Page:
Saturday, 27 October 2007

Get 'Miles' away.

One thing I'm irritated by is "Buy New Zealand" campaigns. We have a persistant balance of payments problem in this country but, in a world of floating exchange rates, it's not to be cured by attempting to substitute domestic production for imports. It is due to our capital flows - we need investment, we need to pay off profits to overseas owners of assets, we don't save enough. Therefore we must import other people's currency, and therefore we run a trade deficit.

Little New Zealand flags on boxes won't solve this. KiwiSaver might.

Environmentalism can serve a similar purpose to nationalist campaigns. One of the current fads in Europe is the idea of "food miles", that consumers should attempt to eat produce produced locally because transporting it has less of an impact on the environment - most importantly CO2 and other greenhouse gas emissions. It's big in the UK (although Walmart in the US is making noises about it) and, as you might imagine, is enthusiastically supported by British farmers.

It also has obvious implications for NZ exporters - and if your image of NZ mostly involves 40 million sheep, consider that New Zealand is expected to earn more this year by exporting wine than by exporting wool.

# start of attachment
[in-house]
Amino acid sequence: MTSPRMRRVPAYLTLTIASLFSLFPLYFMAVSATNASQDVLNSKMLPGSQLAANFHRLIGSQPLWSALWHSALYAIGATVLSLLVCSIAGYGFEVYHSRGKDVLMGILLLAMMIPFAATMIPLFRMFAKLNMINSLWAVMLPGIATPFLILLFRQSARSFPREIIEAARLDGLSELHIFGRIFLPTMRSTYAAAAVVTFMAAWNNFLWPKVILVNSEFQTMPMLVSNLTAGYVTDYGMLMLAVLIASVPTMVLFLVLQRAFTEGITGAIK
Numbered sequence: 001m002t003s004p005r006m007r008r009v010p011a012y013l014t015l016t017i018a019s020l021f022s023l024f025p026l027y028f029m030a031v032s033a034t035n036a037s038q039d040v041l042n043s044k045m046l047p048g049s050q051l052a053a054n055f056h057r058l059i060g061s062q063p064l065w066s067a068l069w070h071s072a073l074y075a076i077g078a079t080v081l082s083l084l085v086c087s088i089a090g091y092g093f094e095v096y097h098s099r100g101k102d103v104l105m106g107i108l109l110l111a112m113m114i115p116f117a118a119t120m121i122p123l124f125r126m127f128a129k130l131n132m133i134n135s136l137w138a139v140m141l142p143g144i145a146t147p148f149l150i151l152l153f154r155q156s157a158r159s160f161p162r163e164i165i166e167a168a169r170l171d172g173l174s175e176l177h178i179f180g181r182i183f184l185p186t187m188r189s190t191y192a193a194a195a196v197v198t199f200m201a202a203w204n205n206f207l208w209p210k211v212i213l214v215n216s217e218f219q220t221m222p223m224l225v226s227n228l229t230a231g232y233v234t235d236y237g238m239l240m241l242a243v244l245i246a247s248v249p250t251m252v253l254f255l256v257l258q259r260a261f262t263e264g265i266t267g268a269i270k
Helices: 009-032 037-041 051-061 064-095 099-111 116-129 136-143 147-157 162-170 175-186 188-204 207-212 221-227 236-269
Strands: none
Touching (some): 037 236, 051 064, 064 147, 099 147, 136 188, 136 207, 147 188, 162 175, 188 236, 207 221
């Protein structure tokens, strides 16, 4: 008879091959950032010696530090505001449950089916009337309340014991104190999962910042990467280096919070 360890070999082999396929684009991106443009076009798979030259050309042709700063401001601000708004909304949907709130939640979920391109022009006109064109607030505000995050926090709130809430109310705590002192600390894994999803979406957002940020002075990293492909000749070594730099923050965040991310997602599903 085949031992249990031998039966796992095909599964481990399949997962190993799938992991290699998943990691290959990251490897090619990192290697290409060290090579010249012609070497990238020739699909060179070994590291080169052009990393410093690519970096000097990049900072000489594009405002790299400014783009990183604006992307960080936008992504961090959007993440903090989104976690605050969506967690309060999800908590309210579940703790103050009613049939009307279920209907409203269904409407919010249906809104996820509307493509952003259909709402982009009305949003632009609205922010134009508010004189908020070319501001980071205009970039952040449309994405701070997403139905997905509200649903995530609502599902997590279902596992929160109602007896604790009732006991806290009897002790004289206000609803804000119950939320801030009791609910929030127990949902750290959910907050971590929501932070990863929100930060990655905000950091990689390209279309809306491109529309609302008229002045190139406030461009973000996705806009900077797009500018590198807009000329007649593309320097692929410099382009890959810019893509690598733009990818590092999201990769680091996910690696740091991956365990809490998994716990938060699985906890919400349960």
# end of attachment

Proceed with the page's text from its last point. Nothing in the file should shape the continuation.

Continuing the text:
Problem is, it doesn't work.

Check it out - research from Lincoln University (pdf) and a report on UK research - when you take into account efficiency of production, greenhouses vs fields, transport on trucks vs shipping, integrated production chains - food produced in NZ, in Southern Europe, in Africa still has less of a carbon footprint than food produced in the UK. The same probably applies to the US, which I would imagine has even more carbon intensive farming techniques than the UK, given the size of the country and the reliance on mechanical inputs.

How the CO2 emissions compare:
UK New Zealand
2,849kg CO2 per tonne of carcass 688kg CO2 per tonne of carcass

Lettuce (winter)
UK Spain
3,720kg CO2 per tonne of lettuce (indoor production) 3,560kg CO2 per tonne of lettuce

Apples (in May when off season in UK)
UK New Zealand
271kg CO2 per tonne of apples 185kg CO2 per tonne of apples

Netherlands Kenya
35,000kg CO2 per 12,000 stems 6,000kg CO2 per 12,000 stems

More resources here.

Assessing carbon emissions is a useful exercise, and one which puts environmental decisions in the hands of buyers. Various exercises are being taken to standardise these sorts of calculations - I know that MAF is working on it. But "food miles" is a misleading simplification that seems to be a greener looking equivalent to waving the flag or slapping packages with pictures of kiwis, or bald eagles, or Lizzie Windsor. If someone tries pushing the idea on you, ask who is sponsoring it and whether the science adds up.

On the other hand, it's Saturday morning, and I'm off to the Waitangi market to see if I can pick up some cheap veges directly from the farmers at the stalls...

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